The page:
He is an executive producer, so he’s on staff. The Bosch show universe is like a parallel universe to the books, because we’re using some of the plots of the books to tell the series each season, but in a different order from the order that he wrote them in, and 20 years later.

So a lot of times, the science of police work and technology has changed, and changed the way the crimes play themselves out and get solved.

Bosch is also a little bit different. In the books he’s a Vietnam veteran and in our telling he’s a Gulf War veteran, and the order of events with his family and his personal life change.

It’s a lot like doing an adaptation. I feel like a part of our responsibility is finding Michael Connelly’s voice in the novel, and making the direct translation of that.

It’s like adapting Sum of All Fears (a screenplay that Pyne and Paul Attanasio wrote as an adaptation of Tom Clancy’s novel) or Manchurian Candidate. You have the luxury of having original material to build your structure on, but at the same time you have to figure out how to do it cinematically and dramatically as opposed to in prose.
What is the best advice you have given your students at UCLA and at Sundance?

The best advice I can give is: you write a script, you send it out, you see if it hits the market place. And if it doesn’t, you write another one. Don’t either give up because one didn’t, or keep slogging that single script thinking that somehow that’s your ticket.

It’s a career; it’s not a single thing.

I have gotten the same advice from novelists. A lot of novelists have written novels that they didn’t get published, and they just wrote another one. You learn from it; you get better. You never know what’s going to hit the marketplace; that’s the part you can’t control.

You have also worked as a film producer, director, novelist, journalist, advertising copywriter, cartoonist, sculptor and silk screener! How have these experiences contributed to your storytelling?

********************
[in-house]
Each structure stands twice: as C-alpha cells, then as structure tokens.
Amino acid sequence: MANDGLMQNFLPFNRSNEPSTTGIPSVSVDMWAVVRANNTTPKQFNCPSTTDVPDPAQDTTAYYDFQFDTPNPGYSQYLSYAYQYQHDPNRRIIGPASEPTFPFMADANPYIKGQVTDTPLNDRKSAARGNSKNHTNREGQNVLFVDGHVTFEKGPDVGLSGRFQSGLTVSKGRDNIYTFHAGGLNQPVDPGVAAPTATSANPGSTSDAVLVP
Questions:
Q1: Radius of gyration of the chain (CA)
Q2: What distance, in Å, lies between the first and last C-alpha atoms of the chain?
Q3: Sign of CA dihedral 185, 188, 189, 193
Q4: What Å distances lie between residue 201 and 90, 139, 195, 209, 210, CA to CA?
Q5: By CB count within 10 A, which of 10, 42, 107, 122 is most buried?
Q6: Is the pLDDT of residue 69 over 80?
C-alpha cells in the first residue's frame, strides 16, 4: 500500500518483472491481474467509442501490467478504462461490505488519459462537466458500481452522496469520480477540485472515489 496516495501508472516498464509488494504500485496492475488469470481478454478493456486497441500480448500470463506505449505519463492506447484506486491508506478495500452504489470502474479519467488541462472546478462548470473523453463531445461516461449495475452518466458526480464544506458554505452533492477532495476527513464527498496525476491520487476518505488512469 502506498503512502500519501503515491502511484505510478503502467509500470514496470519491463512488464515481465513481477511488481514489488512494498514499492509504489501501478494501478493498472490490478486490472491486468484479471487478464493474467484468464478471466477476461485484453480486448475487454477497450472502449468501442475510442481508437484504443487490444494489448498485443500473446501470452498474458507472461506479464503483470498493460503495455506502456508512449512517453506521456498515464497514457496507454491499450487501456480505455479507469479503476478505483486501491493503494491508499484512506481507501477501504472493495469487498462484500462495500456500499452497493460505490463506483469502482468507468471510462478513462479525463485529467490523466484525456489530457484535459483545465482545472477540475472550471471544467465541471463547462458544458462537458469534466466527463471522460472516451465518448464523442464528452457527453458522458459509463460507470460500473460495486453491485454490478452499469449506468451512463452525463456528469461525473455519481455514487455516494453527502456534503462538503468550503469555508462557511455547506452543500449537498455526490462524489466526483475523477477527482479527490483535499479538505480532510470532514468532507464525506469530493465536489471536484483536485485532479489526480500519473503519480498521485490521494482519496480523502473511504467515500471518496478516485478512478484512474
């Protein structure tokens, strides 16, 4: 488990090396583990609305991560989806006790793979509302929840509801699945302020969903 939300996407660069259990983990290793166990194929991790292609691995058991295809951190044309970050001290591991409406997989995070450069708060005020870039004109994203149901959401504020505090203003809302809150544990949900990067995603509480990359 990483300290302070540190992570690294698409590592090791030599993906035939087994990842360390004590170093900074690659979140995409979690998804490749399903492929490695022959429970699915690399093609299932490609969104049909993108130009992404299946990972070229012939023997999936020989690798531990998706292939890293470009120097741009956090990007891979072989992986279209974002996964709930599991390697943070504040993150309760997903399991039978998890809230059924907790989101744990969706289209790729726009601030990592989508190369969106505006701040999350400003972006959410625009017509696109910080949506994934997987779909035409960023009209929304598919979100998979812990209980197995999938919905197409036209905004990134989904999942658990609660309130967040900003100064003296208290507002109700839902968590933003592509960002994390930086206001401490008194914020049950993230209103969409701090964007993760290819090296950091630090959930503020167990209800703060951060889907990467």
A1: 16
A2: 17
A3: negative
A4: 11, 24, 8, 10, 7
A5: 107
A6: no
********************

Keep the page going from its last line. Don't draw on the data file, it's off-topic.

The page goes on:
Copywriting taught me economy, because with advertising I wasn’t so good at the selling part. It taught me to do economical writing, and commit to writing things with very few words.

You have been quoted as saying “the narrative becomes more important than the truth.” This concept seems to define your novels?

I like to write about ordinary people in extraordinary circumstances, rather than the other way around. I like to write about people who have normal abilities and have to rise to the occasion.

I like those kinds of stories, and I am also fascinated by memory. Fifty Mice deals a lot about memory: how we remember what we remember, what we remember, whether what we remember is true or not, and how we delude ourselves.

Then we have the whole idea of fake news and alternative facts, but I haven’t quite gotten into that yet.

All of your work seems to possess similar touchstones about memory.

We can’t ever remember anything exactly the way it happened, as the mere act of remembering changes it. It is already changed when you’ve experienced it, because you’re looking back on it with a certain emotional framework.

That is really fascinating to me, especially in storytelling and cinematic terms. Because the way that we tend to write memory in films and in novels is as flashbacks, and as very accurate flashbacks.

I’m more interested in a jumble. Our memories jump around. They’re not accurate flashbacks; they tend to be almost like dreams. That’s how we remember ourselves; it’s the whole concept of our identity.

Do you have any tips for writers?

The only rule is don’t be boring. You need to engage and pull the person through. I’ve tried to apply that to everything – to prose too. You want to pull your audience or pull your reader through the story, as opposed to pushing them. You want them to be anticipating where you might go.

The books that we love are the ones where we think we know where they’re going, and we can’t wait until they get there, and when they get there they surprise us.

Also please see my article about Daniel Pyne on Creative Screenwriting magazine’s website at:

https://creativescreenwriting.com/daniel-pyne/

 

My interview with Hurd and Chaidez about ‘Hunters’ posts to CS magazine

6 Apr

Avoid the Formulaic: Gale Anne Hurd and Natalie Chaidez on Hunte“They are many. And they are angry,” reads the tag line for the new television series, Hunters, which premieres April 11 at 9 p.m. CST on the Syfy Channel. The hybrid gritty crime drama and sci-fi thriller based on best-selling books by Whitley Strieber, puts a new spin on aliens as monsters that look just like us.